This suggests that other factors should be taken into account to predict tumor response than TS, such as intrinsic molecular subtypes (22). However in an unexpected comparison to other studies, our results showed that patients over 40 years (P=0.04, OR 0.45, 95% CI, 0.20–0.95) were more likely to reach pCR (23).
The best molecular evidence currently used has shown a correlation with increased pCR rate in TNBC and high levels of TILs before NACT (24). Our results corroborate with this statement, where TILs presence was found to be significantly associated with an increased rate of pCR (P<0.01, OR 3.71, 95% CI, 1.60–8.60). Despite this, TILs is not a proven biomarker in isolation, as there are reports of patients with low levels of TILs who still achieve pCR (24).
The pCR rate in the literature varies from more than 50% in studies with newer strategies such as immunotherapy (25,26), dose-dense chemotherapy with platinum agents’ and/or bevacizumab studies (7,27-34) and parp-inhibitors (35,36) to around 25% in robust, pivotal trials of sequential anthracycline taxane regimens (16,18). Additionally, published studies include a very limited proportion of T4 tumours and some still use the historical separation of pCR in breast and axilla (32).
The importance of total dose-intensity chemotherapy delivered for breast cancer in the adjuvant setting has been widely recognised for more than 20 years (37), and the preferred regimen as NACT in TNBC in the last decade has been anthracycline and taxane-containing regimens. Our study is consistent with a metanalysis published in 2014 by Wu et al. (38), reporting a higher pCR rate with administration of chemotherapy regimens containing 6 or more cycles, however, no difference in pCR rate between different anthracycline and taxane containing regimens.
This is a retrospective study with limitations inherent to bias control and confounding factors. Nevertheless, the 5-year period of observation and the fact that data has been derived from a cohort of unselected “real world” represent the major strengths of our work, illustrating that the size of the primary tumor seem does not impact directly on the rate of pCR with NACT administration in TNBC.
Some studies have been carried out in order to determine molecular predictive factors of pCR, but without definitive success. It seems to us that for such a complex molecular subtype of breast cancer, the best method moving forward is to consider a focus on the tumor microenvironment, by understanding the communication between the extracellular matrix and surrounding cells (39). This strategy may enable identification of new biomarkers or targets in stromal components to respectively predict clinical outcomes and guide therapy in TNBC (40).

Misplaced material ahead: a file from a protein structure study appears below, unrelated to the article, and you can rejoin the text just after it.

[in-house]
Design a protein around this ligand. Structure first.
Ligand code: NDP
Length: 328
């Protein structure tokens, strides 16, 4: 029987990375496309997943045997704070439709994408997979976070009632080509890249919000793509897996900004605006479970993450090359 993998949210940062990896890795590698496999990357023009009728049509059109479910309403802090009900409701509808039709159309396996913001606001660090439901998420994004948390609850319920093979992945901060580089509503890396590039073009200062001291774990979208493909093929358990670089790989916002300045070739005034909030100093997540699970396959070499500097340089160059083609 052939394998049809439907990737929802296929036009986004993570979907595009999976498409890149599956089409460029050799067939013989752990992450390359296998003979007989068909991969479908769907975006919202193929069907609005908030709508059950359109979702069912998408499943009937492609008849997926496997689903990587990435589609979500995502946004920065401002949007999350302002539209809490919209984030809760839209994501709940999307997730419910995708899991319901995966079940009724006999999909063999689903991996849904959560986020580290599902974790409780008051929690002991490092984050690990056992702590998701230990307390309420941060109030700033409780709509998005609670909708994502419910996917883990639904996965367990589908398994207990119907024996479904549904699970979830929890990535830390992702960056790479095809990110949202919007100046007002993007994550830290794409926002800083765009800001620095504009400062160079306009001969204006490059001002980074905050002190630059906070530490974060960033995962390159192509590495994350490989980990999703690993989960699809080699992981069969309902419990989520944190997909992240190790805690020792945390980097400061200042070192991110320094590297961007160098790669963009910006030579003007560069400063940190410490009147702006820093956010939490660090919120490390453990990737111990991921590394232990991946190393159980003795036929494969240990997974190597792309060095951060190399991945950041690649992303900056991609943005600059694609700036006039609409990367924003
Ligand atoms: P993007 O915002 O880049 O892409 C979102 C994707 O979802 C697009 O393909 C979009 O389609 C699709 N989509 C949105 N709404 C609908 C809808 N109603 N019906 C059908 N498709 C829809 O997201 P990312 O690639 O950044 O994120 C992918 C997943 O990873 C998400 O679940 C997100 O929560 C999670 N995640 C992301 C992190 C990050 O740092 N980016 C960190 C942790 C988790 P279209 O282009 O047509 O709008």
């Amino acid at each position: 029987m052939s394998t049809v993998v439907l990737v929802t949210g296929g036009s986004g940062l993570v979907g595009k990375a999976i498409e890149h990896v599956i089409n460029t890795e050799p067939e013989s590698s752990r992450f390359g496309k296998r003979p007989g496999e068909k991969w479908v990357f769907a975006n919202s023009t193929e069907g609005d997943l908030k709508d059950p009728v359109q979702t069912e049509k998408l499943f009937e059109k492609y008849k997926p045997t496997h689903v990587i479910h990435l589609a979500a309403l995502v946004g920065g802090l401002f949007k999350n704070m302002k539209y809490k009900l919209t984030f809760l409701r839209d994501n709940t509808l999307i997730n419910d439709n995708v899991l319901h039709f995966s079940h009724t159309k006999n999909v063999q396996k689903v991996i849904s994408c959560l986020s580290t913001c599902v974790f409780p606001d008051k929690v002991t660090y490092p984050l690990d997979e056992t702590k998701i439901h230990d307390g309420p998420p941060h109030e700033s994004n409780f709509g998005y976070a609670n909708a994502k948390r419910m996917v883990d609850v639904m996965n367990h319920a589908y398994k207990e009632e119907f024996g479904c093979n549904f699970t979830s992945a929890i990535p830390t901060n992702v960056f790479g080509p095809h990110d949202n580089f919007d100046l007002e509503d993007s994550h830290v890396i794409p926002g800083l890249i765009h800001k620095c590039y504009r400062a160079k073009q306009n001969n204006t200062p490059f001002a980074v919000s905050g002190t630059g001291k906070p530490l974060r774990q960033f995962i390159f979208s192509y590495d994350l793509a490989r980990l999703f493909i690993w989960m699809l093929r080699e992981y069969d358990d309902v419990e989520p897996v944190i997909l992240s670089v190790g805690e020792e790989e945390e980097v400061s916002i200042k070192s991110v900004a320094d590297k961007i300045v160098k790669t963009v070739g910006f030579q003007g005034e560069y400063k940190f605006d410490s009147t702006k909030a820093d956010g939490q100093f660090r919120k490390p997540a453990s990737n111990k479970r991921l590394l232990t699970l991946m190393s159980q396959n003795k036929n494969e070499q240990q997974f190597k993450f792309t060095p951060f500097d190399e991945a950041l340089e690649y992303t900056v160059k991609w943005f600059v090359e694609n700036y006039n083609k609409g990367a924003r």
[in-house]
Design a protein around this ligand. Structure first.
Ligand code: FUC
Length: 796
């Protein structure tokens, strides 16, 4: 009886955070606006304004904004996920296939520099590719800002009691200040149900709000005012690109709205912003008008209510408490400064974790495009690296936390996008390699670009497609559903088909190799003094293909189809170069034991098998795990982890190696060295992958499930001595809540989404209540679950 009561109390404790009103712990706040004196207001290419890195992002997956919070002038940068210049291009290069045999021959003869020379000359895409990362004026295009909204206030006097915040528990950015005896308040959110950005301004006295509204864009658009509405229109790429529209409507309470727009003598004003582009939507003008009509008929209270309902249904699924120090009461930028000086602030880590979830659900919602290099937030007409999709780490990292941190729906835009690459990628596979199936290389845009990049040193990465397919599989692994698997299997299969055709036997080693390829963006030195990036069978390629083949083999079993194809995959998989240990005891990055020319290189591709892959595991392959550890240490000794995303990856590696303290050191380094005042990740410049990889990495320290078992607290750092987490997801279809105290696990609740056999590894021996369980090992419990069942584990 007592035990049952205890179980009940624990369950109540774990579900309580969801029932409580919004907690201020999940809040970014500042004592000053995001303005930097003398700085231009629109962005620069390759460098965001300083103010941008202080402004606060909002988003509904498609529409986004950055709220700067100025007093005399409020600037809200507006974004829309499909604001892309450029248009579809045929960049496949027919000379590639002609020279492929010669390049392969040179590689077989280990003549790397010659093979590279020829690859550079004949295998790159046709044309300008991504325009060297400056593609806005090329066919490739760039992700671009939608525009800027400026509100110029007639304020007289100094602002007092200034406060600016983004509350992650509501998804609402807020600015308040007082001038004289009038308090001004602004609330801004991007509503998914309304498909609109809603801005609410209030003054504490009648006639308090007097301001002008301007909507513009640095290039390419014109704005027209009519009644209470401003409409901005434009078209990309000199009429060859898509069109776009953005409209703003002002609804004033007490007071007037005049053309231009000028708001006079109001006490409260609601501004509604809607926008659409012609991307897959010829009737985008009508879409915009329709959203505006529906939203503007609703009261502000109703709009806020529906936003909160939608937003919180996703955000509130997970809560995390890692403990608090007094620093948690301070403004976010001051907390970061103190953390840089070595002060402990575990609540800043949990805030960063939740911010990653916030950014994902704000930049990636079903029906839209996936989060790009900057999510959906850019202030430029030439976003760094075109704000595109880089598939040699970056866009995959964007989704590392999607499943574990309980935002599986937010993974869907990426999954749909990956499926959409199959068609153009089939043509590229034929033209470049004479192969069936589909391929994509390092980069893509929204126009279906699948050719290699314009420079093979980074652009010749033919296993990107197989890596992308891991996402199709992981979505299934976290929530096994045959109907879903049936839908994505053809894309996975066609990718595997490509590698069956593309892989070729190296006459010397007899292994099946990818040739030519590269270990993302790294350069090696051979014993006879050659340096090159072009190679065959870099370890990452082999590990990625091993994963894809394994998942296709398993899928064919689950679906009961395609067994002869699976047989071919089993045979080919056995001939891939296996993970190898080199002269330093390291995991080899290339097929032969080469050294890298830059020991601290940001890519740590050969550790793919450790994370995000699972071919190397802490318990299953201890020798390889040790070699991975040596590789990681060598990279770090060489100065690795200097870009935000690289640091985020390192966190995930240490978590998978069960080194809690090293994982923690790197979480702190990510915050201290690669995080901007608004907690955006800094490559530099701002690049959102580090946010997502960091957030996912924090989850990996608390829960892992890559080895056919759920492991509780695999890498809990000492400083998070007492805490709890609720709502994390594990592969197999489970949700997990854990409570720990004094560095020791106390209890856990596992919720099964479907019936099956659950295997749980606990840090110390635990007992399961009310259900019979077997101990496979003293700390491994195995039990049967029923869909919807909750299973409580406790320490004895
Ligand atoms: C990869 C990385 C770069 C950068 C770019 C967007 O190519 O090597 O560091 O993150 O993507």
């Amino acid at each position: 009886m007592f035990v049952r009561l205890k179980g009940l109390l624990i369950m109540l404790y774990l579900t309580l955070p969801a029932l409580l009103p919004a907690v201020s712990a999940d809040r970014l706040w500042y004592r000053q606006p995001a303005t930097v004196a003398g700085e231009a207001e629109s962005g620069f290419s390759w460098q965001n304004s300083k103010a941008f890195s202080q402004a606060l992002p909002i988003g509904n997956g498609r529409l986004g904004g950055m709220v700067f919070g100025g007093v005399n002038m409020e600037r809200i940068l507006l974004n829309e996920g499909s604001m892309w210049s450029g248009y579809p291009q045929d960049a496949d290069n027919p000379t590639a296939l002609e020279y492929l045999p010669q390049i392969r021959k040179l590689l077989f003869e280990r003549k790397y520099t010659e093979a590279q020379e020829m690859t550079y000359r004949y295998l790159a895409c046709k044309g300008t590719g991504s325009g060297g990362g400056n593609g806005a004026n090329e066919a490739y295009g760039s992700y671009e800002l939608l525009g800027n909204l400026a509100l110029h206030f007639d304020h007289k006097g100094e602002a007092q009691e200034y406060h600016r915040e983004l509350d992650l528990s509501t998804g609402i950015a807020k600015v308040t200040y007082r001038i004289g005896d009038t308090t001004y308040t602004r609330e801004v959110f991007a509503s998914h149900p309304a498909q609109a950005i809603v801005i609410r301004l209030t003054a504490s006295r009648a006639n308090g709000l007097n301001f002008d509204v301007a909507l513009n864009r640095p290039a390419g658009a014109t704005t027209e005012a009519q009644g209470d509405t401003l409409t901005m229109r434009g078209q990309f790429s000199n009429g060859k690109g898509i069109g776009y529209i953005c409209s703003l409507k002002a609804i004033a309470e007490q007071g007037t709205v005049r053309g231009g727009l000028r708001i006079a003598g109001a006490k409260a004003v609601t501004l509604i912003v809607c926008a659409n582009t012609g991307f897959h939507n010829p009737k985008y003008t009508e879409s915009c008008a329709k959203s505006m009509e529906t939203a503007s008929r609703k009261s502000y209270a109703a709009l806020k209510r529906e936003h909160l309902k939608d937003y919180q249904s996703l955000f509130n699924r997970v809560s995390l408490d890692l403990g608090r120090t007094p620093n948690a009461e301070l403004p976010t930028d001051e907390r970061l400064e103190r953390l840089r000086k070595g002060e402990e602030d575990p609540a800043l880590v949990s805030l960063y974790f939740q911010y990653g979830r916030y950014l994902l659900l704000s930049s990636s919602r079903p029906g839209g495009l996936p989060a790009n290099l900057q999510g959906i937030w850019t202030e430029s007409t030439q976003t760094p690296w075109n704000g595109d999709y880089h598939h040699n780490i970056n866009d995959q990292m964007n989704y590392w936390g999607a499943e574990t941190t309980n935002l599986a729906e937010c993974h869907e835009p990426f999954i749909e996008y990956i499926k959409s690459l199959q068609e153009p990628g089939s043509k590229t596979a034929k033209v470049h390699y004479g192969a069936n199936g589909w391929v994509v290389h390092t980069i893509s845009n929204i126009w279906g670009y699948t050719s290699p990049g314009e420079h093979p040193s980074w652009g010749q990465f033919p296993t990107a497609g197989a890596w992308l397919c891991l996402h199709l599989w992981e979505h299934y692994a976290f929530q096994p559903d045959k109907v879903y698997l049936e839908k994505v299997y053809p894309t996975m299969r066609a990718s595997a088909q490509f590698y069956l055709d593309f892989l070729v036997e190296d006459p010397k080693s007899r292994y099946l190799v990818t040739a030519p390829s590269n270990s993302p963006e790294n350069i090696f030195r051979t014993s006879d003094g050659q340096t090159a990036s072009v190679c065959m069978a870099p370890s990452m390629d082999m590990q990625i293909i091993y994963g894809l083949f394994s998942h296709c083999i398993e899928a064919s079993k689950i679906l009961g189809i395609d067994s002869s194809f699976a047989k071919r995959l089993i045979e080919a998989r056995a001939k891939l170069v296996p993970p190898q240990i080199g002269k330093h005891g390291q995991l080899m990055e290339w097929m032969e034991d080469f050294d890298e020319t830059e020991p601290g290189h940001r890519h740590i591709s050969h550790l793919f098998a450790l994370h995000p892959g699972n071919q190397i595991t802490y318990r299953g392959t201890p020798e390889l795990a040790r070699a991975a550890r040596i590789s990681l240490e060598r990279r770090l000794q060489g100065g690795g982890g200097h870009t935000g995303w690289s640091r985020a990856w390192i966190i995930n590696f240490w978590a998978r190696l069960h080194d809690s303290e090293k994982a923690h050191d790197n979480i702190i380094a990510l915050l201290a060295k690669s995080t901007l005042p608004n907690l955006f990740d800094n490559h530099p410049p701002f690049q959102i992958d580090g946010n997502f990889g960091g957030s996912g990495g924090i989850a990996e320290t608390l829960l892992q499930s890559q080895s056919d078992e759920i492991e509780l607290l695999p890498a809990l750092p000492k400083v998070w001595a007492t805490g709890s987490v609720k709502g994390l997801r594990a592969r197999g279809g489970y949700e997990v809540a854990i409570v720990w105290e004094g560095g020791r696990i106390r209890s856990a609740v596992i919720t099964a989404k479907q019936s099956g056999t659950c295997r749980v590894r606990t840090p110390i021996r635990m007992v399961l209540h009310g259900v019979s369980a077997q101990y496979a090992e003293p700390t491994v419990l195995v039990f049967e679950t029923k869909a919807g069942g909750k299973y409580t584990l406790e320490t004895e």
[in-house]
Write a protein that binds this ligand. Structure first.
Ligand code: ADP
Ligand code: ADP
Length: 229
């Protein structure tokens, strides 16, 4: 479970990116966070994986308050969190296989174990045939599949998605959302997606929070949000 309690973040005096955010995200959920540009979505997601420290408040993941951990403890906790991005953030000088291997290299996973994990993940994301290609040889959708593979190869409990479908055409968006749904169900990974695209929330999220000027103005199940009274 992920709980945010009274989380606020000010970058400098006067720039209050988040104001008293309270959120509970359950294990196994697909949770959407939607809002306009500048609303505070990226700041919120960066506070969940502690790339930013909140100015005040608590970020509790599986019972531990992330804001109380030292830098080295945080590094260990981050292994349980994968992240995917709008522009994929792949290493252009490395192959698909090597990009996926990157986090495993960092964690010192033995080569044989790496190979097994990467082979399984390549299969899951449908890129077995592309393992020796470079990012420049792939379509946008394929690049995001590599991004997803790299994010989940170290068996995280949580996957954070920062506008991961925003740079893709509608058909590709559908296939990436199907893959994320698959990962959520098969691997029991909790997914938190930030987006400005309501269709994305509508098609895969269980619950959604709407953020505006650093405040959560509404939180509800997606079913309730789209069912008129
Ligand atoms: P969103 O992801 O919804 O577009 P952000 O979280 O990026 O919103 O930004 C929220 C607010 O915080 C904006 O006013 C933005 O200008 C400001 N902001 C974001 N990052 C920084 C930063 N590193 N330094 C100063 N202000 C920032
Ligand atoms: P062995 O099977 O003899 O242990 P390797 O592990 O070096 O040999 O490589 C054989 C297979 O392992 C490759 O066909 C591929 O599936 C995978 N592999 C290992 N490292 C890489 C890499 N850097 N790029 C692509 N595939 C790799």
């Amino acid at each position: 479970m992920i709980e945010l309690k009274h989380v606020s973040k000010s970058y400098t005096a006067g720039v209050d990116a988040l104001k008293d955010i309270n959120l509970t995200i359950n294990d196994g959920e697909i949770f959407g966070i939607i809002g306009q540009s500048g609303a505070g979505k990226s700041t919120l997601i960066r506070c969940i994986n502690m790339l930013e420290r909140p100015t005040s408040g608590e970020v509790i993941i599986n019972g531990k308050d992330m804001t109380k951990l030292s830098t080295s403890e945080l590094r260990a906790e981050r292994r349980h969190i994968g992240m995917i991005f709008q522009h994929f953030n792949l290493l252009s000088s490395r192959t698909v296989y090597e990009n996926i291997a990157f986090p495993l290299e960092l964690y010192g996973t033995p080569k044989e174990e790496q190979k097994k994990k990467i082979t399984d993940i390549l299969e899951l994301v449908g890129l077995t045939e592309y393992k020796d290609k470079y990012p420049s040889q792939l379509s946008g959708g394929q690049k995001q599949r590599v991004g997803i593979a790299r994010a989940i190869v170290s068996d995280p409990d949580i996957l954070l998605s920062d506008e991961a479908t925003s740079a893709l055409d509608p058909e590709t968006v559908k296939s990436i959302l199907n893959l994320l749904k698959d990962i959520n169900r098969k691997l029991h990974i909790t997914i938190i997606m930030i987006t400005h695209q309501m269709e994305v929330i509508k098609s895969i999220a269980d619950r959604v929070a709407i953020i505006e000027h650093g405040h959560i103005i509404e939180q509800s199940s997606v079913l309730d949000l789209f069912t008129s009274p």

Preoperative TS did not impact pCR rate in our ‘real world’ cohort of patients, however achievement of pCR proved to be a solid surrogate biomarker of survival outcomes in our TNBC population. Better predictive tools and intrinsic molecular evaluation are ungently awaited in TNBC to help in the decision to escalate, de-escalate treatment or to incorporate new targeted therapies into the management of this complex tumor subtype.
We acknowledge the patients from National Cancer Institute Brazil and daily efforts of staff to contribute for the improvement of breast cancer care.
Reporting Checklist: The authors have completed the STROBE reporting checklist. Available at http://dx.doi.org/10.21037/cco-20-111
Data Sharing Statement: Available at http://dx.doi.org/10.21037/cco-20-111
Conflicts of Interest: All authors have completed the ICMJE uniform disclosure form (available at http://dx.doi.org/10.21037/cco-20-111). The authors have no conflicts of interest to declare.
Ethical Statement: The authors are accountable for all aspects of the work in ensuring that questions related to the accuracy or integrity of any part of the work are appropriately investigated and resolved. The study was conducted in accordance with the Declaration of Helsinki (as revised in 2013). The study was approved by the institutional Ethics Committee board of the Instituto Nacional de Cancer in 29/04/2016 (report number 54489016.9.0000.5274) with exemption from obtaining informed consent due to the methodology nature of the study.
Open Access Statement: This is an Open Access article distributed in accordance with the Creative Commons Attribution-NonCommercial-NoDerivs 4.0 International License (CC BY-NC-ND 4.0), which permits the non-commercial replication and distribution of the article with the strict proviso that no changes or edits are made and the original work is properly cited (including links to both the formal publication through the relevant DOI and the license). See: https://creativecommons.org/licenses/by-nc-nd/4.0/.